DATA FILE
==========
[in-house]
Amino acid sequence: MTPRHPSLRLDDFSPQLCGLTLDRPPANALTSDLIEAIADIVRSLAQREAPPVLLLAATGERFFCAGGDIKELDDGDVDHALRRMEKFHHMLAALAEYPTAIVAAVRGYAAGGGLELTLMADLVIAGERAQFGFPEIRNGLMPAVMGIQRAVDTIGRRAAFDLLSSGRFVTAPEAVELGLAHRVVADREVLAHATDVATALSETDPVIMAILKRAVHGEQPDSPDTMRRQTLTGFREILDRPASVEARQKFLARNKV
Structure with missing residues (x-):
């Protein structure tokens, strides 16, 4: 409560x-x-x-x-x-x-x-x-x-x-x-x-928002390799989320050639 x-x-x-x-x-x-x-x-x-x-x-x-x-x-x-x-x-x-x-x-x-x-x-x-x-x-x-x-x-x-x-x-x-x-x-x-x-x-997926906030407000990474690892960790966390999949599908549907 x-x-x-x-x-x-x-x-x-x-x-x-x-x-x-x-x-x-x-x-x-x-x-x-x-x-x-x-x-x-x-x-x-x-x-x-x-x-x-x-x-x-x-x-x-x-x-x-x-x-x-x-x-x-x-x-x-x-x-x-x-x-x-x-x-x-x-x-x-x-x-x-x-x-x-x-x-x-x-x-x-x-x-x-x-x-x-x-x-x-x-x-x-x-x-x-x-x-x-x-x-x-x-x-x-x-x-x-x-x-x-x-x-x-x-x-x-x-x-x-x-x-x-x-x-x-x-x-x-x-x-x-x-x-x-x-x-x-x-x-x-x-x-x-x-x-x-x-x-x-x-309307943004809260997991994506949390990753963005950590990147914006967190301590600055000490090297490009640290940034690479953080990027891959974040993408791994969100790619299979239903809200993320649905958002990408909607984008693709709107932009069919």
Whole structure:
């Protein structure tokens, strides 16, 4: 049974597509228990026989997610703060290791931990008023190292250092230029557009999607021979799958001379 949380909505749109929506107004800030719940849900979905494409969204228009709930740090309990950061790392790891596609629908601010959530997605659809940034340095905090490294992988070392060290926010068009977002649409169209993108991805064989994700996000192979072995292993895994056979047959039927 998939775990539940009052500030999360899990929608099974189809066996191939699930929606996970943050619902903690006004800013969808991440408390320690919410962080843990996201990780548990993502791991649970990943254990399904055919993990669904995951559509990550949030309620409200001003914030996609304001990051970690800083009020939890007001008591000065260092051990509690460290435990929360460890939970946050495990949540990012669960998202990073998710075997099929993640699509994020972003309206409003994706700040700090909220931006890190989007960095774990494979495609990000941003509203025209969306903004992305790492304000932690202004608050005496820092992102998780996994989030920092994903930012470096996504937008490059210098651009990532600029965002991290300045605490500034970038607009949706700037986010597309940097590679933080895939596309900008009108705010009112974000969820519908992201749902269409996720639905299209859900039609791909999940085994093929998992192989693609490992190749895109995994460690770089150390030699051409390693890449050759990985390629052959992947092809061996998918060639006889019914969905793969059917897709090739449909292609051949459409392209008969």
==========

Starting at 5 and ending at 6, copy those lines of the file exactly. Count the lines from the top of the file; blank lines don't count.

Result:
Whole structure:
């Protein structure tokens, strides 16, 4: 049974597509228990026989997610703060290791931990008023190292250092230029557009999607021979799958001379 949380909505749109929506107004800030719940849900979905494409969204228009709930740090309990950061790392790891596609629908601010959530997605659809940034340095905090490294992988070392060290926010068009977002649409169209993108991805064989994700996000192979072995292993895994056979047959039927 998939775990539940009052500030999360899990929608099974189809066996191939699930929606996970943050619902903690006004800013969808991440408390320690919410962080843990996201990780548990993502791991649970990943254990399904055919993990669904995951559509990550949030309620409200001003914030996609304001990051970690800083009020939890007001008591000065260092051990509690460290435990929360460890939970946050495990949540990012669960998202990073998710075997099929993640699509994020972003309206409003994706700040700090909220931006890190989007960095774990494979495609990000941003509203025209969306903004992305790492304000932690202004608050005496820092992102998780996994989030920092994903930012470096996504937008490059210098651009990532600029965002991290300045605490500034970038607009949706700037986010597309940097590679933080895939596309900008009108705010009112974000969820519908992201749902269409996720639905299209859900039609791909999940085994093929998992192989693609490992190749895109995994460690770089150390030699051409390693890449050759990985390629052959992947092809061996998918060639006889019914969905793969059917897709090739449909292609051949459409392209008969």